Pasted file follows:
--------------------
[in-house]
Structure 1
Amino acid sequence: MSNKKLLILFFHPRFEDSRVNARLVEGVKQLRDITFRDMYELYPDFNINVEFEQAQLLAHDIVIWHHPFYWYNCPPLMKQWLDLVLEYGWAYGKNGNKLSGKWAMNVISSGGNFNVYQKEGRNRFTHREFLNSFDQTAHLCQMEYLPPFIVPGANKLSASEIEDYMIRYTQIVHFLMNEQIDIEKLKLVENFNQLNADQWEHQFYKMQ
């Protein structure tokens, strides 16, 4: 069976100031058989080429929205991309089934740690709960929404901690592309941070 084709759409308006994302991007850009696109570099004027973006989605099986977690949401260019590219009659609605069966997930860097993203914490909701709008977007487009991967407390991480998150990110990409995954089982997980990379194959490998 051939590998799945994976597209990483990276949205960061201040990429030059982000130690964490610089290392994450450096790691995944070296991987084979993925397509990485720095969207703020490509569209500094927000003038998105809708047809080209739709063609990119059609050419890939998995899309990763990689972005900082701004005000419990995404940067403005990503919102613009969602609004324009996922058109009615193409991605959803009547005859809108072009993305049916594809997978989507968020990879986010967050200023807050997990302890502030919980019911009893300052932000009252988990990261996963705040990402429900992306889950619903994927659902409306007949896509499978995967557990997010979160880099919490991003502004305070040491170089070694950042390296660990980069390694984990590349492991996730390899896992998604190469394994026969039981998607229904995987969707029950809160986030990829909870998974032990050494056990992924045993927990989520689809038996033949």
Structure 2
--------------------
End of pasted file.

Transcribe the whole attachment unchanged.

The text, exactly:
[in-house]
Structure 1
Amino acid sequence: MSNKKLLILFFHPRFEDSRVNARLVEGVKQLRDITFRDMYELYPDFNINVEFEQAQLLAHDIVIWHHPFYWYNCPPLMKQWLDLVLEYGWAYGKNGNKLSGKWAMNVISSGGNFNVYQKEGRNRFTHREFLNSFDQTAHLCQMEYLPPFIVPGANKLSASEIEDYMIRYTQIVHFLMNEQIDIEKLKLVENFNQLNADQWEHQFYKMQ
């Protein structure tokens, strides 16, 4: 069976100031058989080429929205991309089934740690709960929404901690592309941070 084709759409308006994302991007850009696109570099004027973006989605099986977690949401260019590219009659609605069966997930860097993203914490909701709008977007487009991967407390991480998150990110990409995954089982997980990379194959490998 051939590998799945994976597209990483990276949205960061201040990429030059982000130690964490610089290392994450450096790691995944070296991987084979993925397509990485720095969207703020490509569209500094927000003038998105809708047809080209739709063609990119059609050419890939998995899309990763990689972005900082701004005000419990995404940067403005990503919102613009969602609004324009996922058109009615193409991605959803009547005859809108072009993305049916594809997978989507968020990879986010967050200023807050997990302890502030919980019911009893300052932000009252988990990261996963705040990402429900992306889950619903994927659902409306007949896509499978995967557990997010979160880099919490991003502004305070040491170089070694950042390296660990980069390694984990590349492991996730390899896992998604190469394994026969039981998607229904995987969707029950809160986030990829909870998974032990050494056990992924045993927990989520689809038996033949």
Structure 2